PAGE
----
09-08-2016 Tri-City Area History Page

rolling back the years


100 years ago – 1916

The Ladies Social Union of the Congregational Church will be entertained at the home of Mrs. C. Vogt at Cottage Hill farm in North Coloma. Ed Soper, manager of the Fruit Belt Canning factory is something of a farmer. His alfalfa has yielded an average three tons to the acre. Residents were shocked when news spread of the sudden death of Solon Ingraham, aged 67. He is survived by his widow; one brother, Lyman; and one daughter, Mrs. Myrtle Lockwood.

60 years ago – 1956

A record number of 571 students registered in Coloma High School. The junior high grades have a total of 60 students. The elementary grand total is 195. Finally, 362 registered at Washington School. Workers of the John Yerington Construction firm have been resurfacing Logan Street and Paw Paw Street south of Center Street. Racing activities at the Paw Paw Lake Yacht Club ended and trophies were awarded. Police arrested five men following a brawl at the Town Tavern. The fight broke out after Mrs. Richard Skelly asked to see identification.

30 years ago – 1986

New in the Tri-City Record: Look for the “TV Record” Television Viewing Guide. Norma Somers appointed to Coloma School Board. She will hold the office until the annual school election. Sewage Treatment Plant Superintendent, James Carpenter, resigns. In a letter written by Carpenter, he suggests the Board “be taken to the woodshed.” Water samples collected from Paw Paw Lake reveal very low bacteria counts. Several calls from concerned residents prompted the late summer survey. The Coloma Lions and Lioness Club and the Aid Association for Lutherans present checks to the Rory Becht fund. The money will help defray medical expenses in his fight against cancer. A benefit wrestling show is being planned.


100 years ago – 1916

Labor Day was generally observed in Hartford for the first time last Monday. A majority of the stores, the banks, the post office and other business places were closed after nine o’clock in the morning and a large crowd of local folk went to St. Joseph for the Labor Day celebration. The new brick paving on Main Street, from Haver Street west to the Pere Marquette tracks, will be completed and opened to traffic this week if the weather permits. The paving is now open west from Center Street, a distance of nearly four blocks. During the electric storm of Monday night lightning struck a hog house at the Charles Anderson farm northeast of town and killed twenty shoats. The building was badly splintered by the bolt, but no fire resulted.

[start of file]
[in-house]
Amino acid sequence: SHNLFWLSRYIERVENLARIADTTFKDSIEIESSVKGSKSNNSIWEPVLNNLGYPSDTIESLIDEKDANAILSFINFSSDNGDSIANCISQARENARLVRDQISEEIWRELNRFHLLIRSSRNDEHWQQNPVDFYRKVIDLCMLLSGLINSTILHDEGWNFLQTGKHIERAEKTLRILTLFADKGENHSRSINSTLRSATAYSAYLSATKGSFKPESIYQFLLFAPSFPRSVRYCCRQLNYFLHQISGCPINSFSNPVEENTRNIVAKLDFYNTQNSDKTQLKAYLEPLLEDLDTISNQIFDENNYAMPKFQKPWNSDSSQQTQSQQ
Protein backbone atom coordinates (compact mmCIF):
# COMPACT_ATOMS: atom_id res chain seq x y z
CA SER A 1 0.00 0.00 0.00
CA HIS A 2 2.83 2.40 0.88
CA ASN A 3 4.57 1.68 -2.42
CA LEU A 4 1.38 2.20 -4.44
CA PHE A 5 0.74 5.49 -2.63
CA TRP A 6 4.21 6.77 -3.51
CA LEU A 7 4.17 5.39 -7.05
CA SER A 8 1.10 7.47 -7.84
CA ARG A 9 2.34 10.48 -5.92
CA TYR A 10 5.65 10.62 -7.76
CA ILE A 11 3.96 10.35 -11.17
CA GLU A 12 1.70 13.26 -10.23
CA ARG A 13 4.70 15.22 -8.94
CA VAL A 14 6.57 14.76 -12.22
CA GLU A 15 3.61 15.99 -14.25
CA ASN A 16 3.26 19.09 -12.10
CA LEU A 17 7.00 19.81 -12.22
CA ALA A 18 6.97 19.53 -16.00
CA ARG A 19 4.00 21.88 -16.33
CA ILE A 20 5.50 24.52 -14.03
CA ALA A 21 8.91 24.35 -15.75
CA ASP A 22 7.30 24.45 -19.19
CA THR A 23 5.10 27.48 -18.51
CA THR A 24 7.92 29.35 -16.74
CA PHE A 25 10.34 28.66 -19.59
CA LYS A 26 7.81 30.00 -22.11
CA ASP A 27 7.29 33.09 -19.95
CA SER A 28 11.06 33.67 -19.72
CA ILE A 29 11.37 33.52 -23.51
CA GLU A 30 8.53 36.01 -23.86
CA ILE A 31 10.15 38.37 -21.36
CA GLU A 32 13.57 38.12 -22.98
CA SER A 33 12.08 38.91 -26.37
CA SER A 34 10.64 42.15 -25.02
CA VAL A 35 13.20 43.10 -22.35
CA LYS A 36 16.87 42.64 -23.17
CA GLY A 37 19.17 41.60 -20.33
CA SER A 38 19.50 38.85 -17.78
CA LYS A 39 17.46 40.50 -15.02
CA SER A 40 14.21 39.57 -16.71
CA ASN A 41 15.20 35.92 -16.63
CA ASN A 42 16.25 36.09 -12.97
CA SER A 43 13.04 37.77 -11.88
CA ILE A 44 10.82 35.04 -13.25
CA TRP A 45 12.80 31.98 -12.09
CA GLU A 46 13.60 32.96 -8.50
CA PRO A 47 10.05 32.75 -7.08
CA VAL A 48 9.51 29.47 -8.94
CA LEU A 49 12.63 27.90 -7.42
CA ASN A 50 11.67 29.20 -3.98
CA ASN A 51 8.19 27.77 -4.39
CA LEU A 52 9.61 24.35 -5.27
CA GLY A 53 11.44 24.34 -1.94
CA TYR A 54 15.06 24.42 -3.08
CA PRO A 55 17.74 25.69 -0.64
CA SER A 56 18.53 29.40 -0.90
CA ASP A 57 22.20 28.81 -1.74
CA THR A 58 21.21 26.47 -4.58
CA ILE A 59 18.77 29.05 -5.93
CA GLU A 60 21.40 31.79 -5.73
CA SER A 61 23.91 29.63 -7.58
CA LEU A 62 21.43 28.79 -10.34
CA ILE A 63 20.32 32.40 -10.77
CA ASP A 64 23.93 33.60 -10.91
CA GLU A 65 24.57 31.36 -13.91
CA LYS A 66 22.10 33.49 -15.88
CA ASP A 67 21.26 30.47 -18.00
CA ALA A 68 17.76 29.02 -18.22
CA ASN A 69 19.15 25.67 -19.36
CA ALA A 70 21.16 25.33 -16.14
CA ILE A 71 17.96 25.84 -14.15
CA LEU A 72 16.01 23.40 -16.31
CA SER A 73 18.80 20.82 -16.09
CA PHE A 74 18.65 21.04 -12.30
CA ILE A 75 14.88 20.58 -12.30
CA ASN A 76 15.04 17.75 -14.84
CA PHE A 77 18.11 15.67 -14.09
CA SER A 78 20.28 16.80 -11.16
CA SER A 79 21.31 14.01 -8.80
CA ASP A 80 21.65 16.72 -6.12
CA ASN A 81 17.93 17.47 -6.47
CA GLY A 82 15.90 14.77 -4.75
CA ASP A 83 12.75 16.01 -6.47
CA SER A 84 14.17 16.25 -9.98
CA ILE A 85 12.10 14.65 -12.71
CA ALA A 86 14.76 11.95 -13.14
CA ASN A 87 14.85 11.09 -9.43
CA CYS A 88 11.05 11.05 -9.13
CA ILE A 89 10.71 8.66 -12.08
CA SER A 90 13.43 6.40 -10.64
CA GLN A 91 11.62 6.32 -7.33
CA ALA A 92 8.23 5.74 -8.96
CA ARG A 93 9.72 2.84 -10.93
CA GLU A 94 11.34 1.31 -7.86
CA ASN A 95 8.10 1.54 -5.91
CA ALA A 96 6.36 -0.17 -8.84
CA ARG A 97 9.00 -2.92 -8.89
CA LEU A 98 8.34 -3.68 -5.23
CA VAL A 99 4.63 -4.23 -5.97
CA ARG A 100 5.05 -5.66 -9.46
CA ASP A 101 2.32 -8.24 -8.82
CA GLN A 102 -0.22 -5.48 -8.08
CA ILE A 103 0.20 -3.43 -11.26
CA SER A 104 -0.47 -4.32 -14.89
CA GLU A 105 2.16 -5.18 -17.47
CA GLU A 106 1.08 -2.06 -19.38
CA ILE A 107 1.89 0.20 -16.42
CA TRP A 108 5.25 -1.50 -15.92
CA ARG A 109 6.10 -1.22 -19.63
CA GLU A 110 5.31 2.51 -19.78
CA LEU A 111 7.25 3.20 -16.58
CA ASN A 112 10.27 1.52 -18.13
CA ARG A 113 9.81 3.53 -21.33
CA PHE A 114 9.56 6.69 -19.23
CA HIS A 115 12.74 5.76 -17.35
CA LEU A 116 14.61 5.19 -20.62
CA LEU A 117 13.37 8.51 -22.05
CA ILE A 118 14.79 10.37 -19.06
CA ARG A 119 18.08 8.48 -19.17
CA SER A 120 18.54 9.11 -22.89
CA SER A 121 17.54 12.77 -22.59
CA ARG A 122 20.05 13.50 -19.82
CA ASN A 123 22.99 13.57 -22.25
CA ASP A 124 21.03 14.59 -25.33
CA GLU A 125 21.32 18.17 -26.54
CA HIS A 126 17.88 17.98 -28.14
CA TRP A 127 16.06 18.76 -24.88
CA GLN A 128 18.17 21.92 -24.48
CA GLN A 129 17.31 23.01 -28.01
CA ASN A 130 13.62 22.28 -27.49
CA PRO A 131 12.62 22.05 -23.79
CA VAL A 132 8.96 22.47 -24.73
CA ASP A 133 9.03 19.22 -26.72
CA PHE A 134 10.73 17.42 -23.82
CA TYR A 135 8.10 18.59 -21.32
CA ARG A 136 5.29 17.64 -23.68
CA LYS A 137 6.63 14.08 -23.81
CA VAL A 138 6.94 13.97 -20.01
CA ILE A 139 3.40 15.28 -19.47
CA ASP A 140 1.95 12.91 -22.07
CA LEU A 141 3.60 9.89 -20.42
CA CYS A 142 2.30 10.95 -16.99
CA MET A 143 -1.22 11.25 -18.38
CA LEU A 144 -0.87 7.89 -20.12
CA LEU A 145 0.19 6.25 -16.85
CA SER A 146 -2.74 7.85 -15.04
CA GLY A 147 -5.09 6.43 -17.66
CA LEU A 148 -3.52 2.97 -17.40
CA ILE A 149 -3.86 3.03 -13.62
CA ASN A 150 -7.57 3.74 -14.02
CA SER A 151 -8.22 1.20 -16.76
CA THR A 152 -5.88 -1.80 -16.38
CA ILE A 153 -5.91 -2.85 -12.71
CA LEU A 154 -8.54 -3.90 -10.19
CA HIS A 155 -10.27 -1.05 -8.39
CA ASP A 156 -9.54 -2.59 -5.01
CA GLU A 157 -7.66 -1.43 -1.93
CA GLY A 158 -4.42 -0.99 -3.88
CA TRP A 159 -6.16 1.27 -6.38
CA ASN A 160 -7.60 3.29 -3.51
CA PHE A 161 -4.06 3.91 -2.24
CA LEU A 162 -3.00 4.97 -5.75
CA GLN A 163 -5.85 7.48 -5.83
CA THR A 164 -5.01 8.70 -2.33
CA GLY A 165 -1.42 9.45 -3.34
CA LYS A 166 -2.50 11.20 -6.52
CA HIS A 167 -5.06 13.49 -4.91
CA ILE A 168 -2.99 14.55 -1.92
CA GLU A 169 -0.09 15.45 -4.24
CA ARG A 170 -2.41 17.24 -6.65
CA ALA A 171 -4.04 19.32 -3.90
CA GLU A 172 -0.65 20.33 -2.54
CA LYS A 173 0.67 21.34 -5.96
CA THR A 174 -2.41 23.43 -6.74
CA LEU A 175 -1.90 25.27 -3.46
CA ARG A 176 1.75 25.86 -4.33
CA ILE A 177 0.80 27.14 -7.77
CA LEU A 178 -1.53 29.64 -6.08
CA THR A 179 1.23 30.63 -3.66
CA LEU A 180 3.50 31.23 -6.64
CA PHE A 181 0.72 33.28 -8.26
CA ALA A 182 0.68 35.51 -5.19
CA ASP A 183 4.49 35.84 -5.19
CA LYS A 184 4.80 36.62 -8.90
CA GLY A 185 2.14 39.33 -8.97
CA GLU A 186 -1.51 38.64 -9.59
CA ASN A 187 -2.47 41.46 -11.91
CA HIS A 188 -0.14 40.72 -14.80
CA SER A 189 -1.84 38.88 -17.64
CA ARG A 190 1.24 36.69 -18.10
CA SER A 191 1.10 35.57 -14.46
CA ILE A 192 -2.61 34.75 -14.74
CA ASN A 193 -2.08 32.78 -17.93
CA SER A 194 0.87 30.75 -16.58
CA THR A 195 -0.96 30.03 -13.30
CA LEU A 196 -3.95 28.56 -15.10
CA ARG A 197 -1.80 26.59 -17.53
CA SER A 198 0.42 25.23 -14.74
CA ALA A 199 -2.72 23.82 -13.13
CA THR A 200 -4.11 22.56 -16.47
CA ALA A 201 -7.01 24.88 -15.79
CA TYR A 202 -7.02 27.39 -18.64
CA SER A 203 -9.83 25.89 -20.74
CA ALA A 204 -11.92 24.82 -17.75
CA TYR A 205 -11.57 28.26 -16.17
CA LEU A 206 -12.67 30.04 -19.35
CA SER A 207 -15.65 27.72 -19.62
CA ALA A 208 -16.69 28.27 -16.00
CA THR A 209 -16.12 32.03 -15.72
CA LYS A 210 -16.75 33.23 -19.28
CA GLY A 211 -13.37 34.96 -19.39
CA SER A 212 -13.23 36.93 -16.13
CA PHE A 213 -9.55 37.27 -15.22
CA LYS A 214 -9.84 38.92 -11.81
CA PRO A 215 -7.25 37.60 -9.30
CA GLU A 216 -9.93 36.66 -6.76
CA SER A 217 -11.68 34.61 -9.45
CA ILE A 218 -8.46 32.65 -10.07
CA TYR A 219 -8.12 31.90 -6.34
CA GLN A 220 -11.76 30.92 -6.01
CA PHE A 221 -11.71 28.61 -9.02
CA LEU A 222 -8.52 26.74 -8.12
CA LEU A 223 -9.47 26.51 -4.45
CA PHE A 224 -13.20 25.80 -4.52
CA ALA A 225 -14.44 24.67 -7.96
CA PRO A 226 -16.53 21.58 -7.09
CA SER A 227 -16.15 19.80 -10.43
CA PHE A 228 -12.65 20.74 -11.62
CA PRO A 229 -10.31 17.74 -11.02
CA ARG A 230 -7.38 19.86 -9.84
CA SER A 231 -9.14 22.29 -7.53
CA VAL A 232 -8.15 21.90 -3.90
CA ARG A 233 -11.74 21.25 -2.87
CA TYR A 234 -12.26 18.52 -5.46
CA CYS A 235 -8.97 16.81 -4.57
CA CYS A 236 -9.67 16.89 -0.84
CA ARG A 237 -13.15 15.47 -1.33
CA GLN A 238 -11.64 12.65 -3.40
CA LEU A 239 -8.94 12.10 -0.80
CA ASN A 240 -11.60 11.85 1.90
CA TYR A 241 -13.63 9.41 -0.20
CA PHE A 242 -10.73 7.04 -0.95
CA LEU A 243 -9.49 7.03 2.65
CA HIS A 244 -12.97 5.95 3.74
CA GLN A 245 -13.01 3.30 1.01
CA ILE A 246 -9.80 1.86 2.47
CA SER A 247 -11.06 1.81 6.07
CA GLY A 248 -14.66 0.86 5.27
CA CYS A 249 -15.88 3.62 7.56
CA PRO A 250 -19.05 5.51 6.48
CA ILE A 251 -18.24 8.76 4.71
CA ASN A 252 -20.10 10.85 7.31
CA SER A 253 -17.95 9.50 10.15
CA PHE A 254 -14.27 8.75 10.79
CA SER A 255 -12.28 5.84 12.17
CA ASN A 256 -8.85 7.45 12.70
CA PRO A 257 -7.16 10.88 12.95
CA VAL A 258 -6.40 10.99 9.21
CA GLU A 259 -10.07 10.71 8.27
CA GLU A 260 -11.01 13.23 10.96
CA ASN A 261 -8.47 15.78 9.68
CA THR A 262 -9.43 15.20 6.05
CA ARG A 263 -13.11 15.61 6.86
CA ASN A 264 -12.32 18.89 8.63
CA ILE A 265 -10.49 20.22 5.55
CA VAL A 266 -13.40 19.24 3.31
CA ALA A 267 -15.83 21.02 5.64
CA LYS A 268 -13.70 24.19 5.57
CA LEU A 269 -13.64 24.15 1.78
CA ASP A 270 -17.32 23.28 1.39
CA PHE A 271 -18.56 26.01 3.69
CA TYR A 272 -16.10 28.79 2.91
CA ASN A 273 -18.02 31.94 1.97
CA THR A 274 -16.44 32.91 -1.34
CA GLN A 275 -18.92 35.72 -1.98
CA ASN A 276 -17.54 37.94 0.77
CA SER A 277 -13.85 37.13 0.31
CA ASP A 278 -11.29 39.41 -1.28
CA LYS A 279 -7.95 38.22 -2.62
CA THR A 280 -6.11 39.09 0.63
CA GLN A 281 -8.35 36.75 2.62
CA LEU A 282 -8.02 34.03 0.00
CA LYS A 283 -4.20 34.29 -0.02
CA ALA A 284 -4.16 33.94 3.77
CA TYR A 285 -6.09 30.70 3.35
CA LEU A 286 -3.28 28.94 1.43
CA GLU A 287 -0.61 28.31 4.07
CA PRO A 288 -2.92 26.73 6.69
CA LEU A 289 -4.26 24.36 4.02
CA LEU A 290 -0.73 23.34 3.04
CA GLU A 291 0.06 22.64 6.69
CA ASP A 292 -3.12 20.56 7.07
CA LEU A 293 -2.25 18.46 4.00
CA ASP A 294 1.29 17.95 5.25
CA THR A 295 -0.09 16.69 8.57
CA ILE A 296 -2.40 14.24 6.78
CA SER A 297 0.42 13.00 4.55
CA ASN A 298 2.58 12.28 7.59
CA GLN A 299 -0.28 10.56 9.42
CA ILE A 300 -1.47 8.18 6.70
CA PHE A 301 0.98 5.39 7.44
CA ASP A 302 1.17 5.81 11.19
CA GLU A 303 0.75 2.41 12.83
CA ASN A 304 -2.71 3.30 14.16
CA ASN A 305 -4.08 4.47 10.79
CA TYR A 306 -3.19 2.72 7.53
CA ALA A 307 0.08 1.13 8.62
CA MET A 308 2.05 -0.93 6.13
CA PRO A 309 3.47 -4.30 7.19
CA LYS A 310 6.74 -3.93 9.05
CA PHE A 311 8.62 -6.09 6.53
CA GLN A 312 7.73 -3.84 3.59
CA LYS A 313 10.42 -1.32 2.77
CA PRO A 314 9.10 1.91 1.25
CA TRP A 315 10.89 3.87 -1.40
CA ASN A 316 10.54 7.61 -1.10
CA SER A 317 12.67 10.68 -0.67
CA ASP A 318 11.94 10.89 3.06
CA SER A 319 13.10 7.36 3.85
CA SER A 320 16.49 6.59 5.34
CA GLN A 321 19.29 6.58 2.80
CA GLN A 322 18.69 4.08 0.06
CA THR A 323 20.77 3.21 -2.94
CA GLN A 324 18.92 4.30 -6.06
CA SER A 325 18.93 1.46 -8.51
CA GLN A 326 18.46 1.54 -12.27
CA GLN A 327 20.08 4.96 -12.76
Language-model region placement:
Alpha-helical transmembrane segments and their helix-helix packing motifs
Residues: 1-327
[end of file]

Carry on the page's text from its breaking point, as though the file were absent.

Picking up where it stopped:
75 years ago – 1941

Miss Marilyn DuBois, daughter of Mr. and Mrs. R.J. DuBois who reside five miles northwest of Hartford, was the first occupant of the new iron lung purchased last Wednesday by the Van Buren County Board of Supervisors. The new lung was delivered Friday at New Borgess hospital, where Miss DuBois has been a patient since last January 20. Miss DuBois was stricken with infantile paralysis last January while a member of the senior class at Hartford High School. At commencement time in May Superintendent B.W. Robinson and other school representatives and friends went to the hospital and conducted special graduation exercises for Marilyn, presenting her with a diploma at the same time that her 46 classmates received theirs. The first mishap among the members of Hartford High School’s football squad occurred yesterday as practice opened at the athletic field. Harlan Fredericks, son of Mr. and Mrs. Dewey Fredericks of north Center Street, sustained a dislocated shoulder. He was attended by Dr. F.N. Williams and his injury is not considered serious, although it may keep him out of the first scheduled game on September 19. Miss Dorothy Warren, member of the Hartford High School Class of 1941, will represent this community as a member of the queen’s court during the Paw Paw Grape Festival September 18 to 21. She will attend the queen’s dinner and ball and will have a part in the pageantry on Maple Lake.

50 years ago – 1966

The Hartford Jaycees, in cooperation with the state police, Conservation department and Hartford police, will present a gun safety program at 7:30 p.m. Tuesday, September 27, at the high school. There will be discussions of gun safety, both new and old hunting laws, steps to take if someone is injured while hunting, and a safety film. Stanley Hayes, district conservation officer, will give a safety demonstration with a bow and arrow. The program is for all members of the family who hunt or use firearms.


90 years ago – 1926

Three generations eagerly awaited the birth of Marion Elizabeth, born Sep. 18, 1926; her mother, Mrs. Woodbury Austin; her grandmother, Mrs. Anna Deuel; and her great grandmother, Mrs. Mary Treder. Watervliet students leaving the week of Sep. 24, 1926, to enter Western State Normal include the following:  Raymond Moody, Keith Elliot, Rex Clark, Frank Runyan, Evelyn Brown, Retha Chamber, Ethel Callard, Irene Ray, and Elma Maikowski.  All but the last two mentioned are former students at the Normal.  Clark and Elliot are members of Men’s Glee Club and Miss Callard and Miss Brown the Girls’ Glee Club. On Sep. 22, 1926, Mrs. F. W. Brown was surprised by her daughter, Miss Evelyn Brown, when she made a three-course